1) The Sound Recording Special Payments Fund, which is essentially a bonus payment for every AFM master session you have done “on the card” over the past five years. This fund distributed nearly $8 million to musicians last month.
2) The AFM-SAG/AFTRA Fund has been a game changer for musicians who play on recordings that are broadcast on noninteractive digital satellite radio. This fund paid out $60 million to backing musicians and singers in its latest annual distribution.
3) The Film Musicians Secondary Markets Fund, which pays residuals based on 1% of an AFM-covered film’s post-theater revenue, paid out $111 million in June 2022. This fund covers scripted television series as well, under the Television Film Agreement.
All of the above income sources can add up to significant money, but it’s up to you to take care of business in order to get what’s coming to you. It is always much easier and more effective to file the paperwork up front rather than chase it down later.
Now, more than ever, you never know what independent artist, song, or film is going to go viral and become huge. This is the world we live in. You do not want to be left behind when the revenue streams start to flow.
Speaking of being left behind, the US is still one of a few countries that do not pay royalties to artists, backing musicians, singers, and record labels for the use of their work on AM/FM terrestrial radio. The other countries on this not-so-illustrious list include North Korea, China, and Iran.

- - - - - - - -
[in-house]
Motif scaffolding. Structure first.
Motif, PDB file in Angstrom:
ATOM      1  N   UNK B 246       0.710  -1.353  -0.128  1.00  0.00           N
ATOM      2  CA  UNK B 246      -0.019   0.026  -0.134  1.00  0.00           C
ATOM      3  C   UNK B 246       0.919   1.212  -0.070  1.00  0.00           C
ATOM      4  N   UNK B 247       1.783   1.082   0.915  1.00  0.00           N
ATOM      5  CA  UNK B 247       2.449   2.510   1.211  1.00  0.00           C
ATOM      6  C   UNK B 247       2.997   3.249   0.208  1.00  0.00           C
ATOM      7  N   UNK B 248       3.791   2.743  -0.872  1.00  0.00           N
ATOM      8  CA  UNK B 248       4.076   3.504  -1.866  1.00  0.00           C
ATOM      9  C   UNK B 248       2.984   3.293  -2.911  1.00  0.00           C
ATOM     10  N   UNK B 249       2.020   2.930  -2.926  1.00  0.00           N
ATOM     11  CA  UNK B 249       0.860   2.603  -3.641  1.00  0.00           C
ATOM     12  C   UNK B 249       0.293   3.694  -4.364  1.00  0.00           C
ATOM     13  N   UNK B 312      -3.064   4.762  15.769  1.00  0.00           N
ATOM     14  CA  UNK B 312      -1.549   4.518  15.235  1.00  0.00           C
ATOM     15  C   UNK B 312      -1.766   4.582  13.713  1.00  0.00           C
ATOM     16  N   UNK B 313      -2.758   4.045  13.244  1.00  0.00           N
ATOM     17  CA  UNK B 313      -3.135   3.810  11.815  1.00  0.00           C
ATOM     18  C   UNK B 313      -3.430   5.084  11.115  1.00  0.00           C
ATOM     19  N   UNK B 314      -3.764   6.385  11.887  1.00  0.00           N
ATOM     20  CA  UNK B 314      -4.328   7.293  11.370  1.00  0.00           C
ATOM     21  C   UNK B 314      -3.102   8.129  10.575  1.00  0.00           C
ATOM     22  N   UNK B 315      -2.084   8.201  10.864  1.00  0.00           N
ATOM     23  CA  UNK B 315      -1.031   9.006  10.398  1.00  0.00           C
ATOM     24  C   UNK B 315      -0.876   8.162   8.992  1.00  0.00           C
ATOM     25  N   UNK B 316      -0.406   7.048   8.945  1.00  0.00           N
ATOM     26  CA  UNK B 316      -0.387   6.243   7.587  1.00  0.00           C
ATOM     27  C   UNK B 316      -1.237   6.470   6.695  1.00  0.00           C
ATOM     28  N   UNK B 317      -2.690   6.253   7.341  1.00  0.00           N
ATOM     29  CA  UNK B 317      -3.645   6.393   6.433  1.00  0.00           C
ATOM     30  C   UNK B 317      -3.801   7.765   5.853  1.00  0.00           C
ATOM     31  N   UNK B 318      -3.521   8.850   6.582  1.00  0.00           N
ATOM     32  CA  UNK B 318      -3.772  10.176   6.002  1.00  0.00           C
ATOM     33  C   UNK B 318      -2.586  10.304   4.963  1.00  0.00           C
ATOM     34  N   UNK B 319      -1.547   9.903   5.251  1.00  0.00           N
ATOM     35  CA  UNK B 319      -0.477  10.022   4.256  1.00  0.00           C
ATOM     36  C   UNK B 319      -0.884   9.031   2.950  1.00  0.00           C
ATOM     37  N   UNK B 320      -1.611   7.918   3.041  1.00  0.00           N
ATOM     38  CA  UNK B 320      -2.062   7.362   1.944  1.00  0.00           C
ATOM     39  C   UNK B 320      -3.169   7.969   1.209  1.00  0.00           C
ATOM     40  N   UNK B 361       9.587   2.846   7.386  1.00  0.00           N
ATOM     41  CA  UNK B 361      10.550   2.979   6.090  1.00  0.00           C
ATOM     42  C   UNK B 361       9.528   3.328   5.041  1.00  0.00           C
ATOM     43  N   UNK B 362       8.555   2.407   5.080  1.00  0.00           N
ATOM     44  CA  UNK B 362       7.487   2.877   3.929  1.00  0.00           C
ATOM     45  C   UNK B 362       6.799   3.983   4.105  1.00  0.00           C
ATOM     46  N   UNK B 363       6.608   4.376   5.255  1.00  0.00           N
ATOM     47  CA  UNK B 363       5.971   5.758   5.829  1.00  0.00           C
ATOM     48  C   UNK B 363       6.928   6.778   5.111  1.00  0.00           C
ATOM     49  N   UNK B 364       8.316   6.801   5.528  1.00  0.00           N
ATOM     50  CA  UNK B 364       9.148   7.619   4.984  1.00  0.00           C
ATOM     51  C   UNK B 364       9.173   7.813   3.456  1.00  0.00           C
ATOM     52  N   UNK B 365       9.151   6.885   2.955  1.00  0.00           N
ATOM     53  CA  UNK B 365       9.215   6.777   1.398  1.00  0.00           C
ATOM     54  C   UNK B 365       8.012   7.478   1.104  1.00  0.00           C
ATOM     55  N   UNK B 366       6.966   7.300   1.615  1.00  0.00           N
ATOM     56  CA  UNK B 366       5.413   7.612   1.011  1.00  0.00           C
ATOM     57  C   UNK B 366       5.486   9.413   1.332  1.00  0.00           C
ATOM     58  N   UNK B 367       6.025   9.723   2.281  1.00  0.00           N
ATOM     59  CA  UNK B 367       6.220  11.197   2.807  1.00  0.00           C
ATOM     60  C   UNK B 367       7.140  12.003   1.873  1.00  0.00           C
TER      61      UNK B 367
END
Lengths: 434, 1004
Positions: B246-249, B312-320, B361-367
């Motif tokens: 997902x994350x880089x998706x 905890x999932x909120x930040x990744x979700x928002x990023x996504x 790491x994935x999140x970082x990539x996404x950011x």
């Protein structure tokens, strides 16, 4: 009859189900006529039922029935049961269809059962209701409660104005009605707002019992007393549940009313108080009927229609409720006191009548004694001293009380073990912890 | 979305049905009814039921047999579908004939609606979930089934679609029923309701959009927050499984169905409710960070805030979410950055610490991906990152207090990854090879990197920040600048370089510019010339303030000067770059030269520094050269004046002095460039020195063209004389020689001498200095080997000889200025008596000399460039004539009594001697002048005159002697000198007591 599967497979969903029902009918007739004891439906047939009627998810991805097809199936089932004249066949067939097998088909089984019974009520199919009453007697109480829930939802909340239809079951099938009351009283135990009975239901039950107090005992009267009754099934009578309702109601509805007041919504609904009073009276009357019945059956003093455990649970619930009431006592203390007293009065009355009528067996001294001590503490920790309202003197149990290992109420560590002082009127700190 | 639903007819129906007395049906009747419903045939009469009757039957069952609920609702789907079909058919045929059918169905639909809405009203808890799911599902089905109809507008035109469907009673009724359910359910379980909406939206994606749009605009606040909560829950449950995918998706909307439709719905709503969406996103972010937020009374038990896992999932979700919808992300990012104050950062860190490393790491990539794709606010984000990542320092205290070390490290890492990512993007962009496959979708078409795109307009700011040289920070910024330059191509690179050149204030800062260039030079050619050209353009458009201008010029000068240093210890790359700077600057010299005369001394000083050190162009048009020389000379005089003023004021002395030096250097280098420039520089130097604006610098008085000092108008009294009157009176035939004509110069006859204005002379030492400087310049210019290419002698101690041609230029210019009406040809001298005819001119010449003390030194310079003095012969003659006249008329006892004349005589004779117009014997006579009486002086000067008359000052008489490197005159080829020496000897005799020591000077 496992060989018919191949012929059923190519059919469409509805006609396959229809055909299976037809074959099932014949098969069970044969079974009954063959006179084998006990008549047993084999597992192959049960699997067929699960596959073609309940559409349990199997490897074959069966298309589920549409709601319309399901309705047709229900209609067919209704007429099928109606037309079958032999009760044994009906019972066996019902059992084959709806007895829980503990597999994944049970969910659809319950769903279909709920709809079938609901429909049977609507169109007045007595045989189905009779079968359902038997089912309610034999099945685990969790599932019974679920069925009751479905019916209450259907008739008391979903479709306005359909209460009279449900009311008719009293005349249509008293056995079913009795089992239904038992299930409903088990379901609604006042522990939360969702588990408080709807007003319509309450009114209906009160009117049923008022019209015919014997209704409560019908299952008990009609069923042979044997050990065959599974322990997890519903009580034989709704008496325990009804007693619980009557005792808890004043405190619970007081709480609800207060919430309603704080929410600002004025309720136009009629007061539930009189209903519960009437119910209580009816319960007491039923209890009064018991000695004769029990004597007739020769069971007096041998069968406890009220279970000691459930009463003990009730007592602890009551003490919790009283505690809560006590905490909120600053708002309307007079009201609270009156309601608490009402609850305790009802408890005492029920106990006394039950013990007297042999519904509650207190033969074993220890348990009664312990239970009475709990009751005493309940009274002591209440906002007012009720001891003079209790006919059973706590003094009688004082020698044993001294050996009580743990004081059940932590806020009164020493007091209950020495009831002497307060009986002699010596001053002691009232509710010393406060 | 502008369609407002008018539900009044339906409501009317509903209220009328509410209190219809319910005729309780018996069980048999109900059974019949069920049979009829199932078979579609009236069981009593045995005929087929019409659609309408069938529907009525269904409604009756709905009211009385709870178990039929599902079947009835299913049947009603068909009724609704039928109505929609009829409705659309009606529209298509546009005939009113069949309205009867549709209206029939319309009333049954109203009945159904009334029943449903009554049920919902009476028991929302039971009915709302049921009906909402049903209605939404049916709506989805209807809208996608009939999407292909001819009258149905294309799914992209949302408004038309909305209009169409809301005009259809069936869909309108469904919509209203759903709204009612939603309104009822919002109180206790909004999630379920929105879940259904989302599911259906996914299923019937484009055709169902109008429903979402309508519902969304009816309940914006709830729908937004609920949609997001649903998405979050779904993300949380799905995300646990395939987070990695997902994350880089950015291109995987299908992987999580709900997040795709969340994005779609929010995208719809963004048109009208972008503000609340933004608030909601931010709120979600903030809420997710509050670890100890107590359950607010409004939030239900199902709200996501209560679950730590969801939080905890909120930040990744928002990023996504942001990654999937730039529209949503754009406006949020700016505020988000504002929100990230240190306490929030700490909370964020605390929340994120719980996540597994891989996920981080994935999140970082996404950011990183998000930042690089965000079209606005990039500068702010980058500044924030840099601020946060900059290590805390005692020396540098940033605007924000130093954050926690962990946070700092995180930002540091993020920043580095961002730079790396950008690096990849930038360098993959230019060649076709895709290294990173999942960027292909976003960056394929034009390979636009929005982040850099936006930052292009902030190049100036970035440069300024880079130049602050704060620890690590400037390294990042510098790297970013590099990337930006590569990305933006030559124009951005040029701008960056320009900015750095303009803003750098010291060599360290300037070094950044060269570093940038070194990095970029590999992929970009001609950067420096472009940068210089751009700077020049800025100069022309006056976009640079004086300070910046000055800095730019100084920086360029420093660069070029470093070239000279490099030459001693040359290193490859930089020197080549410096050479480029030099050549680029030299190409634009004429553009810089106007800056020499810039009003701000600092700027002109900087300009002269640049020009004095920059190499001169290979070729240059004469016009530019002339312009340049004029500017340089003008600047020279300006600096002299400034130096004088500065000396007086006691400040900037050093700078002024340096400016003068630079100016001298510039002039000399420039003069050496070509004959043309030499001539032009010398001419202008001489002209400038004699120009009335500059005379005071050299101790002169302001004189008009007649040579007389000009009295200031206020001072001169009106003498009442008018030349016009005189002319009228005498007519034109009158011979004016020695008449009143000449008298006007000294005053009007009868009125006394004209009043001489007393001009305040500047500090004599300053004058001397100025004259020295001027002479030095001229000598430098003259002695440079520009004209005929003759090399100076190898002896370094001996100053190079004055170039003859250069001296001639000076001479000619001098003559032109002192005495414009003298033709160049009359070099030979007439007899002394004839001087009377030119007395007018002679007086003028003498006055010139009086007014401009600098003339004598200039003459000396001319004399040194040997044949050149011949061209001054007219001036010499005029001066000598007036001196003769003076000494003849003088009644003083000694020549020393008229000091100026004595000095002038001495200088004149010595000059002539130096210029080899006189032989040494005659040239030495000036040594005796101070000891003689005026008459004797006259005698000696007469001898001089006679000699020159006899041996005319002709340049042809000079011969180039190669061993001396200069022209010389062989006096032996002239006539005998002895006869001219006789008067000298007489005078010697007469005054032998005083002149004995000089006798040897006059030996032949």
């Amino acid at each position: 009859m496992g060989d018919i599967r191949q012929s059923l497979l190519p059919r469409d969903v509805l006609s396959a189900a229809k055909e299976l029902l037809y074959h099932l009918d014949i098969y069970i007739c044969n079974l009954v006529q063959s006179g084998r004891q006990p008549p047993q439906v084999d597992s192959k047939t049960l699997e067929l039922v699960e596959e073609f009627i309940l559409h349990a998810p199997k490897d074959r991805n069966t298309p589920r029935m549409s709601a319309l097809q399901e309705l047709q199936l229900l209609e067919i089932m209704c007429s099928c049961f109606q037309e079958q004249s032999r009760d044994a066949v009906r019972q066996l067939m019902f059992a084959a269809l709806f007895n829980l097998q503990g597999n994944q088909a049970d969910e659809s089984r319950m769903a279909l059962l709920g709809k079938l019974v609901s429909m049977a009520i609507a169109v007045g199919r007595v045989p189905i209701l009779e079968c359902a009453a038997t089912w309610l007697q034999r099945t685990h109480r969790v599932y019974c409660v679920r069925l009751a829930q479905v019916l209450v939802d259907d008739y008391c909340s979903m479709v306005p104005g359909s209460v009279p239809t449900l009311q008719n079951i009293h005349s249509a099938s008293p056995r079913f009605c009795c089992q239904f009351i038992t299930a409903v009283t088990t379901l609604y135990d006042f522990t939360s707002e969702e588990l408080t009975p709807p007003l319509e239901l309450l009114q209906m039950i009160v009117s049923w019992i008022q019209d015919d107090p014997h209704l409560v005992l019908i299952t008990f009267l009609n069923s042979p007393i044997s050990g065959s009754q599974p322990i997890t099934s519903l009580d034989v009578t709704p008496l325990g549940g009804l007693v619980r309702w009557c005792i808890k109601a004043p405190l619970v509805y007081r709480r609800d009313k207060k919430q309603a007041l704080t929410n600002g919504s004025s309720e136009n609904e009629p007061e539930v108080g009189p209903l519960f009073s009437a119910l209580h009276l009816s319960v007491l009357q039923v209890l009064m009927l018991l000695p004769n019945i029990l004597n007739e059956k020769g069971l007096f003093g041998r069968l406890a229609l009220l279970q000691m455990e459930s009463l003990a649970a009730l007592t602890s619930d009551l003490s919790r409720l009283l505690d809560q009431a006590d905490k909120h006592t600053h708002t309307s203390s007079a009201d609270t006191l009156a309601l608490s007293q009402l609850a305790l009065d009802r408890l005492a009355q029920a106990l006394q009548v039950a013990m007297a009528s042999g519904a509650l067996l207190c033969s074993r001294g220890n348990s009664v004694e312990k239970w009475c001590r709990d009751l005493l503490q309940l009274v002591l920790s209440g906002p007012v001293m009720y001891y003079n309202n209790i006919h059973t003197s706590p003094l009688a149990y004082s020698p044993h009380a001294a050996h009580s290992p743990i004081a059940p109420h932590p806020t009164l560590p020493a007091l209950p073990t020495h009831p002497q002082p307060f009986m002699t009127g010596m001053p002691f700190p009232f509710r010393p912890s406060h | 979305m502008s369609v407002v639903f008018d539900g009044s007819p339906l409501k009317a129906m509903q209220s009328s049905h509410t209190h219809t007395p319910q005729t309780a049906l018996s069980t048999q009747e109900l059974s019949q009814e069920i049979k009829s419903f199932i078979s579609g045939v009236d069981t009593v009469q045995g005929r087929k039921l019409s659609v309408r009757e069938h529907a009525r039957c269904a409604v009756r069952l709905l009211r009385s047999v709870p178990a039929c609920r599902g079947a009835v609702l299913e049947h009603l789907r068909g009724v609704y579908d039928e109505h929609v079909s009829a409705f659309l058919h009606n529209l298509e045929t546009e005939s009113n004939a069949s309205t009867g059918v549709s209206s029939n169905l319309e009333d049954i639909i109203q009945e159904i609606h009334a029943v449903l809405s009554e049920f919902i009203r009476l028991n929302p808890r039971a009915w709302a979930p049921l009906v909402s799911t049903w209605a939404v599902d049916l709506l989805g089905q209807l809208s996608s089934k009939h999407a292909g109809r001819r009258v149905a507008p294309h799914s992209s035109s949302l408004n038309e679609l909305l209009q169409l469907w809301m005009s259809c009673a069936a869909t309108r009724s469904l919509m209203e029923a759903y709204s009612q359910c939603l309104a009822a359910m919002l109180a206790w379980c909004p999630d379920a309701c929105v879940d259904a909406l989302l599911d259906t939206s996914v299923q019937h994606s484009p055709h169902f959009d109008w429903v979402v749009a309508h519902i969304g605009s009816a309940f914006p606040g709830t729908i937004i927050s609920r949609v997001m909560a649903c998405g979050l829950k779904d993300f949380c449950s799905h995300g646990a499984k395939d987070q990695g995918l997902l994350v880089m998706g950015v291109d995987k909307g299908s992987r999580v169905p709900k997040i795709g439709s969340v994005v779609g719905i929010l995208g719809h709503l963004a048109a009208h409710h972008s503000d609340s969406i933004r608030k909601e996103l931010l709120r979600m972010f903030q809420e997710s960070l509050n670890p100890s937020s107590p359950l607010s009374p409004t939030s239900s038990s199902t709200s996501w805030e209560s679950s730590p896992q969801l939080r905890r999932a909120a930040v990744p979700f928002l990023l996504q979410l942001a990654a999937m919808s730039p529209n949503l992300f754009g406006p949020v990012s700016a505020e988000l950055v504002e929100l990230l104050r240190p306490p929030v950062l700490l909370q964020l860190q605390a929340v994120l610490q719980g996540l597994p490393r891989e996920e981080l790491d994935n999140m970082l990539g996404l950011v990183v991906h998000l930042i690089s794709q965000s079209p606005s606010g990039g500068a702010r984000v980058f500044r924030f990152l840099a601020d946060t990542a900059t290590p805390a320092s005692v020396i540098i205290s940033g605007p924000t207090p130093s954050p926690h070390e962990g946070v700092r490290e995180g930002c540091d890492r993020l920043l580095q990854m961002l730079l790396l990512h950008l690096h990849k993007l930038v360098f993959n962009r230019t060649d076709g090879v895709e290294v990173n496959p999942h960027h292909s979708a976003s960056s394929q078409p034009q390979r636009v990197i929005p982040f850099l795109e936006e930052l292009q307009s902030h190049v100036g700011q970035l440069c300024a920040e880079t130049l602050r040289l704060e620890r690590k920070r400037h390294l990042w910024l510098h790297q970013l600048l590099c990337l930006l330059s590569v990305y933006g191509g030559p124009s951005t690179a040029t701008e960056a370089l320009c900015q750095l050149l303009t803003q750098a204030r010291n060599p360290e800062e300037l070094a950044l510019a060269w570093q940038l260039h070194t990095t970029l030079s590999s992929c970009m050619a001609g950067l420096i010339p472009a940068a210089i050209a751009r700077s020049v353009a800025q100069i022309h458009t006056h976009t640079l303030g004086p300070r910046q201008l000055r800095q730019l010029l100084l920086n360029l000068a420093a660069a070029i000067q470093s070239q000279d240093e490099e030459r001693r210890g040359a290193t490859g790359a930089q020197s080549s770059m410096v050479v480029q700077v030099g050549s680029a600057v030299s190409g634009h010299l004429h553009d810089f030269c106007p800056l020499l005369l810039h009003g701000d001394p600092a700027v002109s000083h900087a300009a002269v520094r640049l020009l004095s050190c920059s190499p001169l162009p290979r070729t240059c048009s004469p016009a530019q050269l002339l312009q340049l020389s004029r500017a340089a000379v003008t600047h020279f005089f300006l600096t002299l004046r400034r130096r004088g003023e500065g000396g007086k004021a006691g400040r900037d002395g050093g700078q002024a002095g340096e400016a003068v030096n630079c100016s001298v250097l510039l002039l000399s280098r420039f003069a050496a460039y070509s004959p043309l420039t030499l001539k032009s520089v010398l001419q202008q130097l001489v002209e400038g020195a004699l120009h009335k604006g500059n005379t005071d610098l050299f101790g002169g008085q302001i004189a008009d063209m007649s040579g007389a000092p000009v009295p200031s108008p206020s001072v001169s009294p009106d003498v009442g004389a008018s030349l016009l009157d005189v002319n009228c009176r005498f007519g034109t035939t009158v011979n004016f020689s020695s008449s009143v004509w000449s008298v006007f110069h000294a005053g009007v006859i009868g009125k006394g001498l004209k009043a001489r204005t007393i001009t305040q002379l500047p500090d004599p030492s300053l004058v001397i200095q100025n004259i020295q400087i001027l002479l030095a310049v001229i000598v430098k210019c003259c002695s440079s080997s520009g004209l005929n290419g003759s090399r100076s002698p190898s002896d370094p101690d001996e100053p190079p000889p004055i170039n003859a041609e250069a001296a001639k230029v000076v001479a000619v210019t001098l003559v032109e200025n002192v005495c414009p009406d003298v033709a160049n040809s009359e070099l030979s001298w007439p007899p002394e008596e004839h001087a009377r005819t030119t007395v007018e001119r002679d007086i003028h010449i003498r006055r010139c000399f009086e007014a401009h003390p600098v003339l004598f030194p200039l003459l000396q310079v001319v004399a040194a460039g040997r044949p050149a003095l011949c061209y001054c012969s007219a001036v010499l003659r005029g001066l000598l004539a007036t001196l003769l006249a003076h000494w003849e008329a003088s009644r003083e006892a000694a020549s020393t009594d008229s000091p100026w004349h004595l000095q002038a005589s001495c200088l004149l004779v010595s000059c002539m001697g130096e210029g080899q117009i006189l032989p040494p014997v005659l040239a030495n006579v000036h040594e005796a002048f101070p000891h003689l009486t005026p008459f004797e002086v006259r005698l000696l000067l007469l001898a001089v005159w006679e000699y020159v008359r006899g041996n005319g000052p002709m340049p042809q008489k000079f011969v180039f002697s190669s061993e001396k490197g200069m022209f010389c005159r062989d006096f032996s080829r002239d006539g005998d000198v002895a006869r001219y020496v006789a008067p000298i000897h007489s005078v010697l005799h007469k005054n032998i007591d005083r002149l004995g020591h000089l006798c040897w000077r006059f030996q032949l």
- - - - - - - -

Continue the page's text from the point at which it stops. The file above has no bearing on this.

For more than half a century, US terrestrial broadcasters have successfully advocated for these intellectual property rights to routinely be denied to everyone but songwriters and publishers. They even tried to brainwash songwriters into thinking that money paid to anyone else would be coming out of songwriters’ pockets.
The American Music Fairness Act (AMFA), currently before Congress, is the solution to this longstanding injustice. It finally gives us the AM/FM rights that 99% of the world already has. It includes language ensuring that any money paid will not come out of other parties’ money. It also takes into account the difference between huge corporate broadcasters and independent and community stations, which are given extremely reasonable rates. We hope to get the AMFA through Congress, so please reach out to your representatives and let them know you support this long overdue legislation.
As I have explained many times over the years, AFM agreements protect employers as well as musicians. Any legitimate licensing and sync company knows we are empowered to collect money due musicians. Then, the artist and label can keep their license fee with a clear conscience, rather than play hide and seek with the players who deserve something for the use of their work.
Believe it or not, the music business can still be a win-win, but only if everyone involved does the right thing. Document your work for all time using an AFM contract. It’s more than worth the effort in the long run. You won’t regret it.